Another safety measure can come in the form of another bot. Just like the ChatGPT API allows individuals and organizations to create AI chatbots tailored to their contexts, there are also AI bots that can help filter sensitive content before it causes harm. These are common in forums and other public platforms and are usually put towards censoring harmful language. However, trained to these cautions, these “censorship” bots can be used to make sure your ChatGPT bot doesn’t release sensitive information, even if the sensitive information was cleared by the AI’s filter initially. An important tradeoff to consider, though, is these kinds of filters can be computationally and often financially expensive to run continuously. Additionally, they might make interaction with the bot a little less quick. This means you ultimately have to decide between how quickly you want users to access information, and how safely that information is being guarded. Either way, though, it’s not something to overlook.



Finally, what about the “automatic” part of automation? Most of these bots automate a big chunk of work, but they also depend on specific prompts and guidance. Whether it’s using the ChatGPT API or other ways to make tasks fully automatic, and create a bot to ‘chaperon’ the model. This enables it to perform your tasks whenever the bot fires off the AI.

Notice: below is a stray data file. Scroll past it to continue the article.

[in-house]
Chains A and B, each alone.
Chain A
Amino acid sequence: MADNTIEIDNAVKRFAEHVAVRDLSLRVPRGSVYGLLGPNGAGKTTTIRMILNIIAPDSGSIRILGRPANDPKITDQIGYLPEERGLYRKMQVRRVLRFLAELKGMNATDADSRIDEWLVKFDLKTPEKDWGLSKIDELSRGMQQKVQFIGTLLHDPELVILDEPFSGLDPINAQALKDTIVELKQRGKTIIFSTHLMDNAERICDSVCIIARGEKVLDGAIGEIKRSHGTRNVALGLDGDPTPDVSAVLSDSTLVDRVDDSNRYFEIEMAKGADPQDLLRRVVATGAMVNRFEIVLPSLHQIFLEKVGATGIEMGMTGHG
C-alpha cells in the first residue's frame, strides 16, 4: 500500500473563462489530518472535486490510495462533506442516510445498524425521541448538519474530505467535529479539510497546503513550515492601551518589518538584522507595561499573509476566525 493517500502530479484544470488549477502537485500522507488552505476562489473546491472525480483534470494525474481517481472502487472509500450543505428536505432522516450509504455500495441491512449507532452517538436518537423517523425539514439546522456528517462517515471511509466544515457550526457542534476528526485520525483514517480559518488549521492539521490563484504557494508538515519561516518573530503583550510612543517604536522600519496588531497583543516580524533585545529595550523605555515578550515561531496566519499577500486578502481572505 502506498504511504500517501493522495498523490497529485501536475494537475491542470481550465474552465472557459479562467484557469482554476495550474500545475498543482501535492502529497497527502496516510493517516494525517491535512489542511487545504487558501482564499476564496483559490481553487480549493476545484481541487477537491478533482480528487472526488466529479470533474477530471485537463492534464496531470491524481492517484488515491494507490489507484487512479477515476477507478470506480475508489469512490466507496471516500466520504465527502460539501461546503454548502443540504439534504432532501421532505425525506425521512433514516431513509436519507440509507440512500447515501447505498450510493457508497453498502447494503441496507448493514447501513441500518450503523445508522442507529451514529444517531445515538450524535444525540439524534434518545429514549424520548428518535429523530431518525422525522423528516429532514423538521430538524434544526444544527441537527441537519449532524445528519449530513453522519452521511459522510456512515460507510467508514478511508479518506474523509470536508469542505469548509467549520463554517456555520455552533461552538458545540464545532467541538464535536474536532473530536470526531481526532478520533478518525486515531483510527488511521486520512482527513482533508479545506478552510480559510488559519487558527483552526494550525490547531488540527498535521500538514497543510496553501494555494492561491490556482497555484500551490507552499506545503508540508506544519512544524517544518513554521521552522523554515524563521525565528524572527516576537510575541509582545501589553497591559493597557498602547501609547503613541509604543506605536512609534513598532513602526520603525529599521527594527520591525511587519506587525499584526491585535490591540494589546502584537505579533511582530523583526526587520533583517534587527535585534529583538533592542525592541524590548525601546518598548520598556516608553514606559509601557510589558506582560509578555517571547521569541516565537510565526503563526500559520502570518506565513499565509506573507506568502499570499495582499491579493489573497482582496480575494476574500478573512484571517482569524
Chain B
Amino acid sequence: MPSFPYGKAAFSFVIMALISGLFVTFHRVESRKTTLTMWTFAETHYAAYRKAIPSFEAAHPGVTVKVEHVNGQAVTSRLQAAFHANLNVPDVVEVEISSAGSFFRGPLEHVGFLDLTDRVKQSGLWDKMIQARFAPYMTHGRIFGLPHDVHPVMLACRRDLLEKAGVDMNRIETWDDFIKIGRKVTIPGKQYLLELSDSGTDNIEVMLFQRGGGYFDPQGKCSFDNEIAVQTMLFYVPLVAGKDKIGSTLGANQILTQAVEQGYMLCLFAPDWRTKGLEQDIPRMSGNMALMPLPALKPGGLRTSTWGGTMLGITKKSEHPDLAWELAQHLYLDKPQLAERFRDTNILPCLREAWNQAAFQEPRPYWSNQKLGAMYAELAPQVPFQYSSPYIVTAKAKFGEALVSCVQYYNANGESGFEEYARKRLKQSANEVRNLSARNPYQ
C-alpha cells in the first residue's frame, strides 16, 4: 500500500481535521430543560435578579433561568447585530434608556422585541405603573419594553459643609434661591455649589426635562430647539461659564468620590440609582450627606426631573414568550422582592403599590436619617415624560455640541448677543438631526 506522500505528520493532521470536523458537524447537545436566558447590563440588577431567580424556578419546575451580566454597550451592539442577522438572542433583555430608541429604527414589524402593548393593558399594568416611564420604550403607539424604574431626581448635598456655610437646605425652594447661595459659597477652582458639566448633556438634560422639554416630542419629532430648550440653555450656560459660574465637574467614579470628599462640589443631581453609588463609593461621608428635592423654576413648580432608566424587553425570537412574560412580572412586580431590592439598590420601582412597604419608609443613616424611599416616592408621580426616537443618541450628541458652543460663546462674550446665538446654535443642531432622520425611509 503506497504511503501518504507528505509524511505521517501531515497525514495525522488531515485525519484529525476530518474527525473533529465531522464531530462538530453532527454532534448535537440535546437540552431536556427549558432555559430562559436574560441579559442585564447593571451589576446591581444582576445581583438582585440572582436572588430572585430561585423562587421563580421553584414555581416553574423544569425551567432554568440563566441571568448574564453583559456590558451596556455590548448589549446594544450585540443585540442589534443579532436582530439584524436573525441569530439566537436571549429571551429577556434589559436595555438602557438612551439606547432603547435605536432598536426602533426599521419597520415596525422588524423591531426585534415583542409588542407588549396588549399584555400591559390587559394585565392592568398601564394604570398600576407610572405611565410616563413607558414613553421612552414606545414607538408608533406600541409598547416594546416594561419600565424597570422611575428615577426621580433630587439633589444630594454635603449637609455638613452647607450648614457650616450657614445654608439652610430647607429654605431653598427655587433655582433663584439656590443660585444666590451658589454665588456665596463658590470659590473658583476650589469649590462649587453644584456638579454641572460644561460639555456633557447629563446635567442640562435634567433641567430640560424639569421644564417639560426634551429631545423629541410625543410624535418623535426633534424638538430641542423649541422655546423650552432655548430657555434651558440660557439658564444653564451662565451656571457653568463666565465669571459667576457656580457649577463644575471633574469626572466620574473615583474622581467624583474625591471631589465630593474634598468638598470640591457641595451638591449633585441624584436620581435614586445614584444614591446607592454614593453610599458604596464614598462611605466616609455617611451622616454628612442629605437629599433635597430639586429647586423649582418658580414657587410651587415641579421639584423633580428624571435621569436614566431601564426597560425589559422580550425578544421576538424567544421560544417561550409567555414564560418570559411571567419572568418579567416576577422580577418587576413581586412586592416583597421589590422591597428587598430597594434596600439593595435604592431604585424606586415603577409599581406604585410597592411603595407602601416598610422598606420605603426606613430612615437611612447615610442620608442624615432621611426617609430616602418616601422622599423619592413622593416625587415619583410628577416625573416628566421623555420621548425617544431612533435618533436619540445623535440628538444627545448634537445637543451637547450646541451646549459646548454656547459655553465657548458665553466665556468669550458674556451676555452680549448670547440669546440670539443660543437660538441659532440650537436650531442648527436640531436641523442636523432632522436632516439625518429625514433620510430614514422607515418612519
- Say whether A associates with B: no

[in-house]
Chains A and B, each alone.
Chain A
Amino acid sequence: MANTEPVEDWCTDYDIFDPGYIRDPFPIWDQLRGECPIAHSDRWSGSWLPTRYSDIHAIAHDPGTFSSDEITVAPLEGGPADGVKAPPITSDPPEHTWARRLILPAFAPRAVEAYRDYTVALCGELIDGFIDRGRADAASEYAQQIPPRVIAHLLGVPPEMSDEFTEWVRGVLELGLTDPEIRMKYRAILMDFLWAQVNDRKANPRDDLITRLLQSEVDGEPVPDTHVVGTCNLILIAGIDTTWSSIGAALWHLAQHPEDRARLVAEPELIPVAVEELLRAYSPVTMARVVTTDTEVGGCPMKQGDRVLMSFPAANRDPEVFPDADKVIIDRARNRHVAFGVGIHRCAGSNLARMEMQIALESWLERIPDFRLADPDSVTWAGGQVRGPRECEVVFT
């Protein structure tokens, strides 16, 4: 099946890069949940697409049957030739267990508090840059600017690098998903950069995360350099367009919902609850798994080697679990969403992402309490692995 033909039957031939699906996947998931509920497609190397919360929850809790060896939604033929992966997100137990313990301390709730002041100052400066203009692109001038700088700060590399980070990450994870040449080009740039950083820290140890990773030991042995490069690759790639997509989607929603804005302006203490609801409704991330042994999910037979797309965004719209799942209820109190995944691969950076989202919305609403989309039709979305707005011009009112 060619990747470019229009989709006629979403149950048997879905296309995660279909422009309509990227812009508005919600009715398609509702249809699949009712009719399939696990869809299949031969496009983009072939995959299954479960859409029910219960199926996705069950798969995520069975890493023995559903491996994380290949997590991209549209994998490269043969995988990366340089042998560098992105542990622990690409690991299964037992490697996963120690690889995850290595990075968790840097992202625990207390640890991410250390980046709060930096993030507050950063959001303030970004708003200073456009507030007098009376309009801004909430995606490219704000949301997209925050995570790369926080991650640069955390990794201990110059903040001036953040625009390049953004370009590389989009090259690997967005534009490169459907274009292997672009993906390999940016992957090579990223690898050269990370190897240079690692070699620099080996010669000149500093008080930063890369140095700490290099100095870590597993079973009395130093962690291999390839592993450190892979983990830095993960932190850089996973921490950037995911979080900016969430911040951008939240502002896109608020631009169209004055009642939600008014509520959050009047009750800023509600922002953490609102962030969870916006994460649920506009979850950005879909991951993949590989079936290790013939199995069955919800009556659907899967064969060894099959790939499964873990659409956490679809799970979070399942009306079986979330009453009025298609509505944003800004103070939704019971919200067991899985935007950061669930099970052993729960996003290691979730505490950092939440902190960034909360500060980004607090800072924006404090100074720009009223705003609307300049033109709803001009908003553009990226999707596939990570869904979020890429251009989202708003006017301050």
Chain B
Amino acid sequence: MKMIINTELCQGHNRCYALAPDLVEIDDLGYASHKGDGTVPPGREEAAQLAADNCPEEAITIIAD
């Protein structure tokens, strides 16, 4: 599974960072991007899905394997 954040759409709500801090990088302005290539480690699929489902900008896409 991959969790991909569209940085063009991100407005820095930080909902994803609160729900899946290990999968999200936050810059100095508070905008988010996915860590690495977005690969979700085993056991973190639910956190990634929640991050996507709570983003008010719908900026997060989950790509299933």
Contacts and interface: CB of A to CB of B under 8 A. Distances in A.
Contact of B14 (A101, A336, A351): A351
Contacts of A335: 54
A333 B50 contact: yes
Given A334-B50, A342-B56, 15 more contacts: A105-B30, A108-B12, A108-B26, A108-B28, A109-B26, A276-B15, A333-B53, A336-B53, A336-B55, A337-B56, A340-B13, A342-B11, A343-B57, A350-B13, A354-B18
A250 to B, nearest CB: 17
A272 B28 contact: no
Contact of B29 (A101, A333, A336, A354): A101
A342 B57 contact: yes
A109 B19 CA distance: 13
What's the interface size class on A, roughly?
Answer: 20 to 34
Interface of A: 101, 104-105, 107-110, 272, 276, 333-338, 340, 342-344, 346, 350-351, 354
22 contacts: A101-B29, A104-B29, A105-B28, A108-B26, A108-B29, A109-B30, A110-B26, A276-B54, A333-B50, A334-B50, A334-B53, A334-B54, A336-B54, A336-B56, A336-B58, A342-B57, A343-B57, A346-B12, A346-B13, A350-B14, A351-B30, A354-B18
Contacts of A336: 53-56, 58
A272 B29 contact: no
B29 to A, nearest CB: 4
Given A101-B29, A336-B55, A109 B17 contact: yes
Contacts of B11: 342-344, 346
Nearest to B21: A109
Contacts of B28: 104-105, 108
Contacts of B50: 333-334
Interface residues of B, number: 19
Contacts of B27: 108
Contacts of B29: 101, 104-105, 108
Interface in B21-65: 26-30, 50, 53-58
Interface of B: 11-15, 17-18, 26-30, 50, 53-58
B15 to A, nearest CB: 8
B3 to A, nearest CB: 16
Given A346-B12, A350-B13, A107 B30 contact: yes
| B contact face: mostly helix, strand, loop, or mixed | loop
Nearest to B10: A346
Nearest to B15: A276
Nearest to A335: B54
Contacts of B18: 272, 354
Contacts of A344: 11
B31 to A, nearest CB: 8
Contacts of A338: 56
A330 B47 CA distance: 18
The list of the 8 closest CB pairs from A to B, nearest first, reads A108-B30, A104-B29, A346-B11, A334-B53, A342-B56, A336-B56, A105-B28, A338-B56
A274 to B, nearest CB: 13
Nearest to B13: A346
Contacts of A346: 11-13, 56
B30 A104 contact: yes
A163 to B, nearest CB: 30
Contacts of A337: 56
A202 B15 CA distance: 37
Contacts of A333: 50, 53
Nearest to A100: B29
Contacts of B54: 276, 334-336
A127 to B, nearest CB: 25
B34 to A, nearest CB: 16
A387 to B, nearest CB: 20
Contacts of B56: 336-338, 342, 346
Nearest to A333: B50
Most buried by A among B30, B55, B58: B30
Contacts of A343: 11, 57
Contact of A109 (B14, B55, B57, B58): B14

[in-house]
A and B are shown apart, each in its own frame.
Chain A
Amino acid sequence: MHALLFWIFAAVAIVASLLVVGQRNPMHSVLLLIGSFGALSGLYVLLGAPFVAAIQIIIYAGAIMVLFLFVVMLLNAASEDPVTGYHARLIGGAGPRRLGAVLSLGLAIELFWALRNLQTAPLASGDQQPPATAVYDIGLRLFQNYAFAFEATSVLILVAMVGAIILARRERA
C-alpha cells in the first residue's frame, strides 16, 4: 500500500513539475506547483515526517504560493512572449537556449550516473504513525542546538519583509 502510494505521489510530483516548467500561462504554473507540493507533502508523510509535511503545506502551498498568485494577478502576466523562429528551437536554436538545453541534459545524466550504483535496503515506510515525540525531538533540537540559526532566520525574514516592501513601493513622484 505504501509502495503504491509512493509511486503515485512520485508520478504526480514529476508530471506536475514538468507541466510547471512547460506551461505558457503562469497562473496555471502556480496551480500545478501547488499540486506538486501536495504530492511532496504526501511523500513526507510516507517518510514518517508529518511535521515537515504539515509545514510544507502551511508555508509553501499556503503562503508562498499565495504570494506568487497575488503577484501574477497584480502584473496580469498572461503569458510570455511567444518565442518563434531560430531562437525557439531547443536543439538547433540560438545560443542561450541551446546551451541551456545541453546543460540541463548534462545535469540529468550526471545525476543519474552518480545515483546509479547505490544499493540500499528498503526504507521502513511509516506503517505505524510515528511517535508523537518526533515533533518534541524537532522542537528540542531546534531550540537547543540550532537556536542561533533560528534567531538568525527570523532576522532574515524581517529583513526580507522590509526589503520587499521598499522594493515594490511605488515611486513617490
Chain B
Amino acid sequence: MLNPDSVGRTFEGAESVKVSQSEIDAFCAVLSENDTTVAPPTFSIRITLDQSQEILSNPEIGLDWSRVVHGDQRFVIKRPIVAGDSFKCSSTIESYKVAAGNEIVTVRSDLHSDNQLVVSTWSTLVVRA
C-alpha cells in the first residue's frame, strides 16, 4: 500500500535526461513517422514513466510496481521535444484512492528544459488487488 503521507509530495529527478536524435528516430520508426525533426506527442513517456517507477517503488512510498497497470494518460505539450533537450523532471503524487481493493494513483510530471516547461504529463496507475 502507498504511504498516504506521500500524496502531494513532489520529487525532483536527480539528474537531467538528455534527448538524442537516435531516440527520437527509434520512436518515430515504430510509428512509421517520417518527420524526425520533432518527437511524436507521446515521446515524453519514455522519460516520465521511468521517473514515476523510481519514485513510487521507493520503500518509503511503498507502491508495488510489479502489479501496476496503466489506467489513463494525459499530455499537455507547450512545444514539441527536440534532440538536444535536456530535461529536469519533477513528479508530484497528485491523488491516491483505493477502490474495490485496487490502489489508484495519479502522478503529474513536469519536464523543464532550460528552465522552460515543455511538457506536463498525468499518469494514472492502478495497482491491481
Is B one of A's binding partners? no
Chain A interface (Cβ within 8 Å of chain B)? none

Once again, a basic example is this Twitter bot designed to identify and interact with certain tweets completely autonomously. This way, you can build AI tools that don’t necessarily require human input to function, and that can continue to function outside your supervision. When using ChatGPT itself as a guide, the barrier to entry to this sort of bot building is lower than ever before. With realistic goals about what you want to achieve, you’re probably able to use ChatGPT to create all sorts of bots like this with little-to-know actual programming experience.

We should make no mistake, there is still quite a way to go before we deal with fully autonomous, fully functional AI models. The automation we can program now isn’t always very complex and can be quite computationally expensive. Most of the impressive AI models come from proprietary code, meaning that the actual “thinking” that the model does is a bit of a black box. This greatly limits the extent to which ChatGPT and similar models can truly be autonomous, or even truly need to be chaperoned. That said, there are certainly useful and powerful automation applications of this software, given that they are taken with the usual set of caution and precautions. 

Living Pono is dedicated to communicating business management concepts with Hawaiian values. Founded by Kevin May,  an established and successful leader and mentor, Living Pono is your destination to learn about how to live your life righteously and how that can have positive effects in your career. If you have any questions, please leave a comment below or contact us here. Also, join our mailing list below, so you can be alerted when a new article is released.